We usually think of Bittorrent in terms of film, music or television “piracy”, but there are increasing legitimate uses (see The Promo Bay for example).
I’ve also noted that the secret to success is to build a connection with fans and give them something to buy. Here’s an example where the author provided a lot of high value add-ons for his book, and linked to the book’s Amazon page, and sales go nuts.
Late last week, Ferris revealed that not only did the book land on various best seller lists (despite the lack of Barnes & Noble sales), butÂ an astounding number of people who downloaded that extra content bundle on BitTorrent also clicked a “support the artist” button:
For instance, BitTorrent conversion is NUTS. Of 210,000 downloads (ofÂ this bundle) earlier this week, more than 85,000 clicked through â€œSupport the Authorâ€ toÂ the bookâ€™s Amazon page. We all had to triple and quadruple check that to believe it.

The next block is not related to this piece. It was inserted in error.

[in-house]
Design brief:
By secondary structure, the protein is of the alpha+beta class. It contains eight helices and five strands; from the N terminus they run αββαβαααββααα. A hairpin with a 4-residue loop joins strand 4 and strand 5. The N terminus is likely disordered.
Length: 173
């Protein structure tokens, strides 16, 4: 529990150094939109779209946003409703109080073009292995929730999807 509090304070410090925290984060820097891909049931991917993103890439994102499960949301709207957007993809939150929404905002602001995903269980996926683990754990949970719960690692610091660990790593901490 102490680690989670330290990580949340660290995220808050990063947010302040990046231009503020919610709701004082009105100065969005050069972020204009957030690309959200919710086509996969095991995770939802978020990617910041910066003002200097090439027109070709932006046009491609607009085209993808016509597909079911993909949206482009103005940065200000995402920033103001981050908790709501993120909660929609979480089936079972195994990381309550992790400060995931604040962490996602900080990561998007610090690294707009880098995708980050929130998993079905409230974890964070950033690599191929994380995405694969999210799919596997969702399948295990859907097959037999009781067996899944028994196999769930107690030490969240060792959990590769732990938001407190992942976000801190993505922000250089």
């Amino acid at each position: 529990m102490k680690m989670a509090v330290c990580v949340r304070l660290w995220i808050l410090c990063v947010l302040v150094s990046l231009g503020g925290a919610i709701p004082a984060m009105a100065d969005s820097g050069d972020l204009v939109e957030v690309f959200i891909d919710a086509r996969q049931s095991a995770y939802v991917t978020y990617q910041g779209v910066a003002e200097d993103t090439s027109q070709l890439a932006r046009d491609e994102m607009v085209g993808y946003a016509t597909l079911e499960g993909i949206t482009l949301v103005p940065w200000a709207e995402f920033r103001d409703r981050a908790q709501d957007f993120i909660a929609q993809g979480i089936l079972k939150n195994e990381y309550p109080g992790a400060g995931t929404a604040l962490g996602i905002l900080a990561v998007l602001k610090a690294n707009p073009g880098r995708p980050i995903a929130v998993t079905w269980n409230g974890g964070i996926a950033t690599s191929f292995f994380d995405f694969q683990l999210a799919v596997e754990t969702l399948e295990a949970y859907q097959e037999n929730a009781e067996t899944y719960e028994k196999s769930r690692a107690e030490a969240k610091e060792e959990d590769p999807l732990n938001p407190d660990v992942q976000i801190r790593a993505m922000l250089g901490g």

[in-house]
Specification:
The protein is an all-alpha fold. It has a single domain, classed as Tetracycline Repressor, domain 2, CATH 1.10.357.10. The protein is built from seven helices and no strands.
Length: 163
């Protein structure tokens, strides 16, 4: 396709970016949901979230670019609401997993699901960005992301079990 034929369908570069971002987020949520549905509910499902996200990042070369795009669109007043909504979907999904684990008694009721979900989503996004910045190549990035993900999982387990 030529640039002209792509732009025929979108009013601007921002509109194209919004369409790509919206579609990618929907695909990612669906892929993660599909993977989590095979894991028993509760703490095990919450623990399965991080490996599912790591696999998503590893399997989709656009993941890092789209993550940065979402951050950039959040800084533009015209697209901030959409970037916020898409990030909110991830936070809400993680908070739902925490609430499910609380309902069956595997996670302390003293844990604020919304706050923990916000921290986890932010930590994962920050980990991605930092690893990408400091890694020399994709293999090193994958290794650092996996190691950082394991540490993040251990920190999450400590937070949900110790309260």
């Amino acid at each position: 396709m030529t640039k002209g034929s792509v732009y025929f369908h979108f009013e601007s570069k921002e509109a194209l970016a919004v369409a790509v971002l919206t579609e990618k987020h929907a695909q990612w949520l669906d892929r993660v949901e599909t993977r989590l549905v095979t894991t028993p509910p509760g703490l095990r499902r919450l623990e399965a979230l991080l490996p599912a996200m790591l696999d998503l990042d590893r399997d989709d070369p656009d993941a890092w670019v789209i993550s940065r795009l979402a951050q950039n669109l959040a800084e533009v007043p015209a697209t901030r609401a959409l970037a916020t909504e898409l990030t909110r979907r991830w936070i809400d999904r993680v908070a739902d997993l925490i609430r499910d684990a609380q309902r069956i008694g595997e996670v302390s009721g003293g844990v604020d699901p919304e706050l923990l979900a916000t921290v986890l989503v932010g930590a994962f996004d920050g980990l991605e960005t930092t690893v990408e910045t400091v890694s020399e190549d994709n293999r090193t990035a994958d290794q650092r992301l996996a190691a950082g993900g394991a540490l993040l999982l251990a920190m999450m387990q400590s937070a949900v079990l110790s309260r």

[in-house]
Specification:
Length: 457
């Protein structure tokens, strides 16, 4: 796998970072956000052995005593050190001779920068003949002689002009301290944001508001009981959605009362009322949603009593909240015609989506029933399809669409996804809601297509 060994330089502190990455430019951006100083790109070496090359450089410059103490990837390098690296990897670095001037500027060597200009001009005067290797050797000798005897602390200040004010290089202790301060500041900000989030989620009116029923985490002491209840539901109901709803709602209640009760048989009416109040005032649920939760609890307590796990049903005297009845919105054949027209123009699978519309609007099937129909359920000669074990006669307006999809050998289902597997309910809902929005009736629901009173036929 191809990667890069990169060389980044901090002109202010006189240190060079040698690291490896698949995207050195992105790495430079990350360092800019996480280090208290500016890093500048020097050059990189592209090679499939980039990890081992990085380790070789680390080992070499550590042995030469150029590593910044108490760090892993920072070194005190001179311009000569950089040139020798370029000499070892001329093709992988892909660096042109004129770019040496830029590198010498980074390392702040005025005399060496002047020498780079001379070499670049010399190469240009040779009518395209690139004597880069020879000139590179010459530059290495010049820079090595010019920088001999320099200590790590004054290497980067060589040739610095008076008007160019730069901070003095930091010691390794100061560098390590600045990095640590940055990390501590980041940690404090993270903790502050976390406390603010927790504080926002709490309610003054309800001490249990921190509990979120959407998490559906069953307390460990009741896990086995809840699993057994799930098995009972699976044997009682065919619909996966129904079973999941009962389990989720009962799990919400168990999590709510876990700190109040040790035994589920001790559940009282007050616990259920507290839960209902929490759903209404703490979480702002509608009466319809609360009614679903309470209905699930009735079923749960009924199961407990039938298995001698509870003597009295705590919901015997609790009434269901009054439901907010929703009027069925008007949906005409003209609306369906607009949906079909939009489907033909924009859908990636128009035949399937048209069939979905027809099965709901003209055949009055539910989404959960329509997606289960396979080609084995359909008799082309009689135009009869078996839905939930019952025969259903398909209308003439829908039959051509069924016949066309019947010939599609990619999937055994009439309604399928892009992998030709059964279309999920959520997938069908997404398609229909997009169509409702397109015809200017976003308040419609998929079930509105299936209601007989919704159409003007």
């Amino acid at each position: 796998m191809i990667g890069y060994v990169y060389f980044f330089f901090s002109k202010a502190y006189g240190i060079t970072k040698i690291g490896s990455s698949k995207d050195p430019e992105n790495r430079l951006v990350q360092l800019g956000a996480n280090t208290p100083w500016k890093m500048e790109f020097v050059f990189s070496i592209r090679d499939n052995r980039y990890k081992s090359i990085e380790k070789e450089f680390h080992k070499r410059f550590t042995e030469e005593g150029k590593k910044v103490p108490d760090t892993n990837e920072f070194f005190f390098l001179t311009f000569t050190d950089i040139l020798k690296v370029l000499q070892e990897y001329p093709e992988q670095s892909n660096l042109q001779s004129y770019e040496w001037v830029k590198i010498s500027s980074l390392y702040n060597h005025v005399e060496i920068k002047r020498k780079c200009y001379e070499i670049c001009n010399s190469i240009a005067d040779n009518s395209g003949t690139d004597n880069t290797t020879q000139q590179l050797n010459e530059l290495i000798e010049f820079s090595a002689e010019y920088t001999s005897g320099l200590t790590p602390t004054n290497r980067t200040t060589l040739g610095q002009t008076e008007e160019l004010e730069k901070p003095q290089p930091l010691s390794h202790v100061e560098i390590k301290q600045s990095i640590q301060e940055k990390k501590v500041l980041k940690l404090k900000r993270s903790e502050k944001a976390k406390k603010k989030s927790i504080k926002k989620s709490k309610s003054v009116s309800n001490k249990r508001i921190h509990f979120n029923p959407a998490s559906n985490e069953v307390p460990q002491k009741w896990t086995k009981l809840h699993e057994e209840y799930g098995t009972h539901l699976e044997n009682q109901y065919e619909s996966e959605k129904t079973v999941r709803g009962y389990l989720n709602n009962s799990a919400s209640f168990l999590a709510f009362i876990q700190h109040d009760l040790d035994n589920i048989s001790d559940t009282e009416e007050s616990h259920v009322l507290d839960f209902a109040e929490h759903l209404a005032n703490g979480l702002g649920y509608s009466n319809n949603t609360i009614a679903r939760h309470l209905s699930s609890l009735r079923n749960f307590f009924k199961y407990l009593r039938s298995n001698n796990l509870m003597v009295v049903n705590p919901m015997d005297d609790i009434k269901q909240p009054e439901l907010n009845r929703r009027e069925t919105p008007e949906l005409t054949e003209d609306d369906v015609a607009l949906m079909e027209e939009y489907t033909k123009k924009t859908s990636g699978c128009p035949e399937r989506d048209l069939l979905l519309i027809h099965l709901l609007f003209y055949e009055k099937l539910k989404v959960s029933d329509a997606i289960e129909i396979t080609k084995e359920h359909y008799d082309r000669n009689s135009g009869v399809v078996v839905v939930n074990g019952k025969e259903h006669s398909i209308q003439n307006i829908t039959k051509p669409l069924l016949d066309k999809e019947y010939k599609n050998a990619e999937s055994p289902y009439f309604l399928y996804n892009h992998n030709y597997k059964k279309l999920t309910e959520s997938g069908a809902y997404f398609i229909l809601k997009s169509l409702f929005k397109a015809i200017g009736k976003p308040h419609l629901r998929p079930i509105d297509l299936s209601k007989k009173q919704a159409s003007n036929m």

Now, of course, not everyone who clicks will buy — and he admits that as well. But, that’s still an extra 85,000 people going to the Amazon page. Some of them are likely to buy.
Even at a 1% conversion after clicking an effective â€œbuy nowâ€ link, that translates to 850 booksâ€¦ and BitTorrent is only accelerating. Wow.
But BitTorrent is only for pirates and only hurts authors and artists, right?
Repeatedly we see that “free” asÂ part of a business model is highly viable. Bittorrent is a way of freely distributing content. Wrap up a program with its internally consistent advertising and set it free on the Bittorrent networks, and your distribution is handled. Not at all a new idea. My first exposure was via Piracy is Good?Â by Mark Pesce from 2005!